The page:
Trouble On The Digital Horizon

Think about how many times a day you use the Internet. In modern society, it has become essential to education and communication. Use of the Internet may be as simple as IMing a friend or posting a “mupload” to Facebook, but it’s also become a fundamental tool for many recent protests and revolutions. It connects billions of people worldwide daily. The power of the Internet and social networking is astounding. Imagine if that power was taken away from you. Soon, it could be. Today, hearings for the Protect IP/Stop Online Piracy Act began.

Will SOPA limit free speech?

The proposed act aims to give the government the power to censor websites on the Internet relating to the entertainment industry. Private companies and corporations want the power to take down sites that use their content without permission (i.e. sites where one can download movies, music, television, and other forms of media). If the act is passed, the US federal government will have the ability to block websites that infringe upon copyrights. They will also be able to force search engines to take down links and certain search results. Furthermore, the act would give the government the power to force advertisers to cancel their accounts with infringing websites. This could easily make start up search engines and social media sites go bankrupt. Other established social media websites could also be affected by the vague wording in the act. Websites on which users post content freely could be changed or shut down entirely: examples being Facebook, Twitter, Tumblr, Youtube, and other important forums. Under the proposed act, these websites would be liable for whatever copyrighted media their users might post. As well as policing the content of the Internet, the act would also change how the itself Internet works, by tweaking the domain name registry process. Though it’s seemingly harmless, these changes could actually make the Internet less secure and more susceptible to hacking. And possibly the most terrifying prospect: under SOPA, any civilian who posts any sort of copyrighted work could go to jail for up to five years.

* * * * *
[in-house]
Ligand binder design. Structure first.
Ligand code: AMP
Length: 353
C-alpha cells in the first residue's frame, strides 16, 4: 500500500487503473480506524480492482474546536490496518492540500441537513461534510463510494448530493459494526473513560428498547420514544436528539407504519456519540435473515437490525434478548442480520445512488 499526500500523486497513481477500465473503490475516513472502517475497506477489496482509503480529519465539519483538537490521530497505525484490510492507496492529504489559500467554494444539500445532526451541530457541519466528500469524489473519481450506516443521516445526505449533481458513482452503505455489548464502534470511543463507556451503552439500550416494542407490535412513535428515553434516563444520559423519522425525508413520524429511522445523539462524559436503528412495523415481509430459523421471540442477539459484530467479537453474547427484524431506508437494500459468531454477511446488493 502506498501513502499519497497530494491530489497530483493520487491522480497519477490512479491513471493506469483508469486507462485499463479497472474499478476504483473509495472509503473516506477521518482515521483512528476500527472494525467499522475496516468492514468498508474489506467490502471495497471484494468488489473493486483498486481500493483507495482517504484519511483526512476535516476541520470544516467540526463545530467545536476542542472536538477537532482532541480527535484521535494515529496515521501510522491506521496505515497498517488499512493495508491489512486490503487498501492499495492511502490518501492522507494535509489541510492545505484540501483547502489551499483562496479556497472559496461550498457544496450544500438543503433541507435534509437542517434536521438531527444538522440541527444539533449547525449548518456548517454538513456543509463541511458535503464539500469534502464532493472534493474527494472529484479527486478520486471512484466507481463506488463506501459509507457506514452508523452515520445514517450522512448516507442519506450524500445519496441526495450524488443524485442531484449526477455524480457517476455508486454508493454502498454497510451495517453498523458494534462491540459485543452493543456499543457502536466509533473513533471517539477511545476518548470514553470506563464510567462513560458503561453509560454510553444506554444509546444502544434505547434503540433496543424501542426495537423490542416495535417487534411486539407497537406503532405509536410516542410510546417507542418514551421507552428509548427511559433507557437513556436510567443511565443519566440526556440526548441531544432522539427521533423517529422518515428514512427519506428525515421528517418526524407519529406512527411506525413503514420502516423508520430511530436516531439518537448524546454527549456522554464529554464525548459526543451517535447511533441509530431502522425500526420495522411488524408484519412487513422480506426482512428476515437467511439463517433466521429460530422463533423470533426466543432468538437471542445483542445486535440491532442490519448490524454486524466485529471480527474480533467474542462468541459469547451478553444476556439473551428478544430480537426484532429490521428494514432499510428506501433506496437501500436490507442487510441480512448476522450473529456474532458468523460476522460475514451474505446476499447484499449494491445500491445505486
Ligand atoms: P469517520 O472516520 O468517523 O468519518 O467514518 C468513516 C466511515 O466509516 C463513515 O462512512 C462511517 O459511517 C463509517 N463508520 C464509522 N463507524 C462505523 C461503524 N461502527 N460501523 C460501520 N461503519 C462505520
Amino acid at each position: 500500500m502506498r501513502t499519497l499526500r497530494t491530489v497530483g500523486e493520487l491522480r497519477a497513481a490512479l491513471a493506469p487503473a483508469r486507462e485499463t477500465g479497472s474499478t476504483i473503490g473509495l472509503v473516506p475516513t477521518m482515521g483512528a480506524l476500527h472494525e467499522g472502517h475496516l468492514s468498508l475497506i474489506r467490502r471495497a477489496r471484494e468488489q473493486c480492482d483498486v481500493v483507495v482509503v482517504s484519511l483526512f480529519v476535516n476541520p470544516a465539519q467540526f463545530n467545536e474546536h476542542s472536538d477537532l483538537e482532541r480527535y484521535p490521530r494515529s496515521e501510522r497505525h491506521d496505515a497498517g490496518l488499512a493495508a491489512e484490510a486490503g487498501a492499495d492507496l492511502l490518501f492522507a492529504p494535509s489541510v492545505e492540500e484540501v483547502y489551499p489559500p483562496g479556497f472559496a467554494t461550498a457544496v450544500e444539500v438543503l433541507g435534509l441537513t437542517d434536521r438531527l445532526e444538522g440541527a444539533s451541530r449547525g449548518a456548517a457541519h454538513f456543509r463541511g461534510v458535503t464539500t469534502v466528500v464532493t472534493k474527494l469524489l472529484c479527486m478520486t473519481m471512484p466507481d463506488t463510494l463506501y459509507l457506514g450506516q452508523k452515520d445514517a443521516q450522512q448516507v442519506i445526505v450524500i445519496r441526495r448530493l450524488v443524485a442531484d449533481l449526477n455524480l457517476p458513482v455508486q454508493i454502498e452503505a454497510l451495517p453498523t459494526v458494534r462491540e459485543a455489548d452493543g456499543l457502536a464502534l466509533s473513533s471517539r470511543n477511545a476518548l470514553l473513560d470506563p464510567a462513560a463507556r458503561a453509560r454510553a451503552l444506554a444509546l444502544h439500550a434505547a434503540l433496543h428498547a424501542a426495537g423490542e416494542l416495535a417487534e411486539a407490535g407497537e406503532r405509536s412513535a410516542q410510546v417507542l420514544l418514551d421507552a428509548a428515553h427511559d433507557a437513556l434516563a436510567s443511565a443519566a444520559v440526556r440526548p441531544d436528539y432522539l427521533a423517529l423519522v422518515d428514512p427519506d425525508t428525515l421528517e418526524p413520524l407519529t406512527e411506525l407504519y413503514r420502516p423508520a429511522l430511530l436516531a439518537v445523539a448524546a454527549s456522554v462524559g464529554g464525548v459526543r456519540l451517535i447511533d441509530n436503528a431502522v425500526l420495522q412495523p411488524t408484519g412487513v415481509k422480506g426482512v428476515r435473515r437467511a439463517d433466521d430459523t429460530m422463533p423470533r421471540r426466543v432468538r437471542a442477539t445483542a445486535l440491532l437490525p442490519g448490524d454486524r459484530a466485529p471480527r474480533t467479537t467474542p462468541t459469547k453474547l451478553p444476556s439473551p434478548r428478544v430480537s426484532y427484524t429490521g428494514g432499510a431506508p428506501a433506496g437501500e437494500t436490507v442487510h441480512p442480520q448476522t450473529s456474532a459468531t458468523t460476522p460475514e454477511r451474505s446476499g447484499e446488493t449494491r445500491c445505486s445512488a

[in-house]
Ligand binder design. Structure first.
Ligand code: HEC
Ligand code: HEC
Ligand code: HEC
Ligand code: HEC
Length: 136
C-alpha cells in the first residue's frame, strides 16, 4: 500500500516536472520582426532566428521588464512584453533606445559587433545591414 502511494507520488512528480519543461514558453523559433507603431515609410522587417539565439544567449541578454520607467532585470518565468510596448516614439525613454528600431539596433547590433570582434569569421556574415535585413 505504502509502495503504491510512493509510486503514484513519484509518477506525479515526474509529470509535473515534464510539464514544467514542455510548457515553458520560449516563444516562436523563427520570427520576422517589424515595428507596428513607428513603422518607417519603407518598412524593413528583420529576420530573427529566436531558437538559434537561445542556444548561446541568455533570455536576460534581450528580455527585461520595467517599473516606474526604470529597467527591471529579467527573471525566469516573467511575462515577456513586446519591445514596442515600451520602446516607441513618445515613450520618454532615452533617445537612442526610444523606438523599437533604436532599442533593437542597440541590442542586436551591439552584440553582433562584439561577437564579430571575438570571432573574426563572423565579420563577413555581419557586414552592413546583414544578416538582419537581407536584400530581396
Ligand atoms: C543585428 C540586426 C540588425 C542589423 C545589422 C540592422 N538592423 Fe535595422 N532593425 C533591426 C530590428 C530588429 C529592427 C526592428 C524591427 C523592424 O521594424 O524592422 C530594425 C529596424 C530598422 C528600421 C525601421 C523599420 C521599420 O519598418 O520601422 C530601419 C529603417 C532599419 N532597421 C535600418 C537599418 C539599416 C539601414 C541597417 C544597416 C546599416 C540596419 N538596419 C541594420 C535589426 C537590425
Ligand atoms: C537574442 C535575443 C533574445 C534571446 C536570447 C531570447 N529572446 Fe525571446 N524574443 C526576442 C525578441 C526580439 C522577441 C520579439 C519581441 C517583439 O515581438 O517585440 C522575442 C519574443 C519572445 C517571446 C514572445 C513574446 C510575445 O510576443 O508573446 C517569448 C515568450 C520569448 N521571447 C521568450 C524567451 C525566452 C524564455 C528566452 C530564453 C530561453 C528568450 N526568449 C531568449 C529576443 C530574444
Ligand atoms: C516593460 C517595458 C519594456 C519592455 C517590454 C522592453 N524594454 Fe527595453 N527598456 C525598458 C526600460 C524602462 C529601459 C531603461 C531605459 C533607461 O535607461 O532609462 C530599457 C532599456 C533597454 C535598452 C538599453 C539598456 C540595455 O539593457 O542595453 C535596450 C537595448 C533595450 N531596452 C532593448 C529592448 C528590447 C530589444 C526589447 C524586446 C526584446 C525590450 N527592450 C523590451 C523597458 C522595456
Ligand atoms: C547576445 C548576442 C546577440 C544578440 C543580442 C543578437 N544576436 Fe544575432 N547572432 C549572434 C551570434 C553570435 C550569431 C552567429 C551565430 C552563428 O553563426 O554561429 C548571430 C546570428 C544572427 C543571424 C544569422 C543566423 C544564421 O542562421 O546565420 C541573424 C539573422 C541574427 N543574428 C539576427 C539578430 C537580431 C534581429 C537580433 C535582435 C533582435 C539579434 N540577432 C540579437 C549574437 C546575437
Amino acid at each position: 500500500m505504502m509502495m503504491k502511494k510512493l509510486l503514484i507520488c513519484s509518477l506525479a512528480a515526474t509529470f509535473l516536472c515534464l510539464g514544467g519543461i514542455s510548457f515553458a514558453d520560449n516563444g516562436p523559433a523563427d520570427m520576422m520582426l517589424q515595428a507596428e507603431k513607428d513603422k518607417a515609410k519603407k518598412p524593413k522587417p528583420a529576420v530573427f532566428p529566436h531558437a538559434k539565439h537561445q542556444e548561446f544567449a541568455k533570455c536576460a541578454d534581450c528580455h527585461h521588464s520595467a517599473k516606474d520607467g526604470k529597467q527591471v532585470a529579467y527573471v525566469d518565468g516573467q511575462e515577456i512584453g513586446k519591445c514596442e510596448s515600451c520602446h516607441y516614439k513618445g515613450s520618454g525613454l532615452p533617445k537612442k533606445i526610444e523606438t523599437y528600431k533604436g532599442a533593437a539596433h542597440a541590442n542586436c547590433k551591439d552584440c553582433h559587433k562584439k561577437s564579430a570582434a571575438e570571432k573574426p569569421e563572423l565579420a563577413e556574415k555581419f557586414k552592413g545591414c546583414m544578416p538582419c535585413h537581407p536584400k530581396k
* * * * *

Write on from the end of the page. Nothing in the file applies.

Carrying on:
The government already has considerable power over the Internet. They’re able to take down content from webpages, sue sharing websites and prosecute civilians who engage in large scale piracy. But, were it to be passed, SOPA would take these privileges and expand them- quite possibly to the extent of limiting free speech. SOPA could kill jobs by shutting down major social networking sites, whose prosperity our already fragile economy heavily relies on. If you wish to join the growing effort to get SOPA thrown out of Congress, follow the links below and sign the online petitions. You can also spread awareness by telling a friend, or posting on Facebook or Twitter or Tumblr. Use the Internet wisely now, while you’re still able to.

Emily Bergmann, Staff Writer






Posted by on November 17, 2011. Filed under World News. You can follow any responses to this entry through the RSS 2.0. You can leave a response or trackback to this entry

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